A dizzying blitz of descriptors surrounds Katheryn Bigelow’s Zero Dark Thirty: pro-torture, anti-torture; anti-Bush, pro-Obama; mindlessly jingoistic, nuanced in its critique of American exceptionalism. The word “poetic” hasn’t yet been used; of course, we don’t associate images of raw, beaten flesh, and explosions tearing through bodies with anything remotely lyrical. And there is no beauty to be found in swollen lips vomiting up dirty water.
Yet there is a brutal symmetry between the film’s opening moments—a black screen, just the sounds of 911 calls from the smoking towers—and its denouement: the raid against the architect of their deaths, the killing that was meant to avenge them. These cinematic stanzas are punctuated with last gasps and desperate pleas. An office worker sobs to a 911 operator who can only advise her to calm down; just before the line cuts out, her voice gets impossibly small: “I’m going to die, aren’t I?” A decade later, in Abbottabad, a young girl cries “Daddy” through a volley of gunshots; her brothers and sisters weep and scream as combat boots thunder up stairwells.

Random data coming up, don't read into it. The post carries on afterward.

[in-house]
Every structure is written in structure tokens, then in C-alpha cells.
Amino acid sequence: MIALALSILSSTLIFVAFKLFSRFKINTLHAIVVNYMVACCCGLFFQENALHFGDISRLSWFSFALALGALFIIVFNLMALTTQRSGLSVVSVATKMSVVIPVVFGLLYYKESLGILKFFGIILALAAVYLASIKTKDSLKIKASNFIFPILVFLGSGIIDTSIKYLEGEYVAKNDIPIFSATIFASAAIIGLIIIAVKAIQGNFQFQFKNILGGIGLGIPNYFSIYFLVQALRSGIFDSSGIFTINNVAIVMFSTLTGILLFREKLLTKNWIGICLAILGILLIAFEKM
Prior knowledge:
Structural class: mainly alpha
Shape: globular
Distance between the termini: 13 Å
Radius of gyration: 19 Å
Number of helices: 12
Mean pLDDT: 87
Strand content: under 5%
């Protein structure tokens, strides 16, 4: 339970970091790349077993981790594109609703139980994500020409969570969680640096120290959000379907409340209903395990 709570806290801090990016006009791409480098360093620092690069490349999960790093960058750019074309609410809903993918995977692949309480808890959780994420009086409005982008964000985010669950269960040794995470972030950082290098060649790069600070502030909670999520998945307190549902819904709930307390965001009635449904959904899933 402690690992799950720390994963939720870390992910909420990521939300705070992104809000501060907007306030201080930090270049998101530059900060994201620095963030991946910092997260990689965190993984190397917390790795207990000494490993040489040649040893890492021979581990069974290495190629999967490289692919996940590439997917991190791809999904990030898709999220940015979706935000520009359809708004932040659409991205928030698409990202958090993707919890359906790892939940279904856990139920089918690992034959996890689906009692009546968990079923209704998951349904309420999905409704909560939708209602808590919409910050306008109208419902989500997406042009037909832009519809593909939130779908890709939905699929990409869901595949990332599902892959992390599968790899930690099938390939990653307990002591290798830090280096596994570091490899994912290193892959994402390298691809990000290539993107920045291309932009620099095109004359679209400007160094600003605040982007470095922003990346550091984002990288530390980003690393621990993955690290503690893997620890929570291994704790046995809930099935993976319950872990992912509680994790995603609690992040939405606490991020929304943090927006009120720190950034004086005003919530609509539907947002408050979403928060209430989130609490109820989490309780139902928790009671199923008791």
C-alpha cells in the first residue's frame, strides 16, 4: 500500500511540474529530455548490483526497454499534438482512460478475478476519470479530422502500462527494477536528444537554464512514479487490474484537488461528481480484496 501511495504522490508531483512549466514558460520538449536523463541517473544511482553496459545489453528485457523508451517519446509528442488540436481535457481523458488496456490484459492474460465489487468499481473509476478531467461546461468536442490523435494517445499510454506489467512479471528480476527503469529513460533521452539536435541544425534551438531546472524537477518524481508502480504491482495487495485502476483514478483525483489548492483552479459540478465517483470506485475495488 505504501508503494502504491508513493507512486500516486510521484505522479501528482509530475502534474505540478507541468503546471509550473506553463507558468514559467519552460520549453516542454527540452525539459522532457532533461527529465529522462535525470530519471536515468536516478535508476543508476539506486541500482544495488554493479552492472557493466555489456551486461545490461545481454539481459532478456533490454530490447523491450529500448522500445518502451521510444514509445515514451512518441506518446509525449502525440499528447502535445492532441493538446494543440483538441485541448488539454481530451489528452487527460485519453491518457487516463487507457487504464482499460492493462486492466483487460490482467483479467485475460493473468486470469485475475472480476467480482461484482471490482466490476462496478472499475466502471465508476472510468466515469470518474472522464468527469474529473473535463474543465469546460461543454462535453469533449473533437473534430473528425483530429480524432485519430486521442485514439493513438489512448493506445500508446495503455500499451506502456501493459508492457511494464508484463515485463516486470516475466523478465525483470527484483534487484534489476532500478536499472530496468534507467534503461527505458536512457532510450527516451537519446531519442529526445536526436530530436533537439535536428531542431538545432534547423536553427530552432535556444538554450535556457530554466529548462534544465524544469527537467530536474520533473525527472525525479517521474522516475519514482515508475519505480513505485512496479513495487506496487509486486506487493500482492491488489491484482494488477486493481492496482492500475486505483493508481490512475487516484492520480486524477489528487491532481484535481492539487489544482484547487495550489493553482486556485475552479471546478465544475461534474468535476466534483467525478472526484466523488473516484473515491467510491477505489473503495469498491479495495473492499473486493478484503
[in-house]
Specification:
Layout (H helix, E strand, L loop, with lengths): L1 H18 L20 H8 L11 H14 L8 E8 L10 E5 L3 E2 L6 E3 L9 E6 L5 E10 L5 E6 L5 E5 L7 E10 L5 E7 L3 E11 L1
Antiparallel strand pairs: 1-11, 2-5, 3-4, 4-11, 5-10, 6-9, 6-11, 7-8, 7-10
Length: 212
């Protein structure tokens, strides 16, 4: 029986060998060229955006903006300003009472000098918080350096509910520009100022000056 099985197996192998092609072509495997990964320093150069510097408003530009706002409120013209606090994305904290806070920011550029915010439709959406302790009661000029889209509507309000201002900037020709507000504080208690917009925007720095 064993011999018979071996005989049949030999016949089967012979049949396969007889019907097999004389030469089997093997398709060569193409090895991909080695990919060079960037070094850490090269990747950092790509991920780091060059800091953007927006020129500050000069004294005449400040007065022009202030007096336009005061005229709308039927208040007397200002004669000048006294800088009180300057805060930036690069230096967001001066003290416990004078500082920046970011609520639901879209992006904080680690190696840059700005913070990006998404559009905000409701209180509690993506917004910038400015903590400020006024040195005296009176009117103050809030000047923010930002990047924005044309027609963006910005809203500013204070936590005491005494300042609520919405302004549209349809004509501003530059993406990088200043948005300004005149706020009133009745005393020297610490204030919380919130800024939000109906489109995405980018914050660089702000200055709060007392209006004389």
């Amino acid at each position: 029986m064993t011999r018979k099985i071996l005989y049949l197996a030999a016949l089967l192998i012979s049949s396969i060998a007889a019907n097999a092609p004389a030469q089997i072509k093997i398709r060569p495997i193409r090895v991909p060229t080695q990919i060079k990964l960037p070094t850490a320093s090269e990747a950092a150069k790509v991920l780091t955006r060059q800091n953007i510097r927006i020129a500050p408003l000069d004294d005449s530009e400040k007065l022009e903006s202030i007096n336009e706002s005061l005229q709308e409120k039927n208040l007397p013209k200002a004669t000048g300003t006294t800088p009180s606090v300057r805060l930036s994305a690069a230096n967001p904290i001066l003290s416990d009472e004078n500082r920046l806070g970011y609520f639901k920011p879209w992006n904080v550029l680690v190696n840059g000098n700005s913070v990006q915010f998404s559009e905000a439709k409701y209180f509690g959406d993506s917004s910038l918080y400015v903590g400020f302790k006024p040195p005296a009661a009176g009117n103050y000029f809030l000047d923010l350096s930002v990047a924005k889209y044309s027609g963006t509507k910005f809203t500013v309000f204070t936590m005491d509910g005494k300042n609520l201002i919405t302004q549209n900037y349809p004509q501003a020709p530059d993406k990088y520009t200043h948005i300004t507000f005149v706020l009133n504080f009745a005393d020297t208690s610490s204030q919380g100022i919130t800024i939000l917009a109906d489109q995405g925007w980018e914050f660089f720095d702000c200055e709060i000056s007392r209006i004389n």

Anyone who enters the theater expecting “Call of Duty: We Got Bin Laden” will be gravely disappointed with the somber, meditative film that unfurls in front of them. Zero Dark Thirty doesn’t indulge in breathless reveling; it’s a brooding, muscular piece about obsession and vengeance. There are certainly very real, very vital questions about whether torture (we’re way past kidding ourselves with terms like “enhanced interrogation techniques”) should ever be employed; however, these are not questions that the movie’s characters—analysts and operatives, soldiers and guards—ever debate on-screen (or even internally). Bigelow and screenwriter Mark Boal treat torture through the vantage point of their protagonist, a young CIA agent named Maya (Jessica Chastain): It is a means to an end. Detainees are water-boarded and rammed into hot boxes, but we’re standing on the side of the men and women holding the hoses, clicking the dog collars shut. And for them, it’s positively quotidian, par for the course. Dan, the agent who first schools Maya in “enhanced interrogation techniques,” downs an ice cream cone before setting to work (A guard quips, “You agency guys are twisted.”).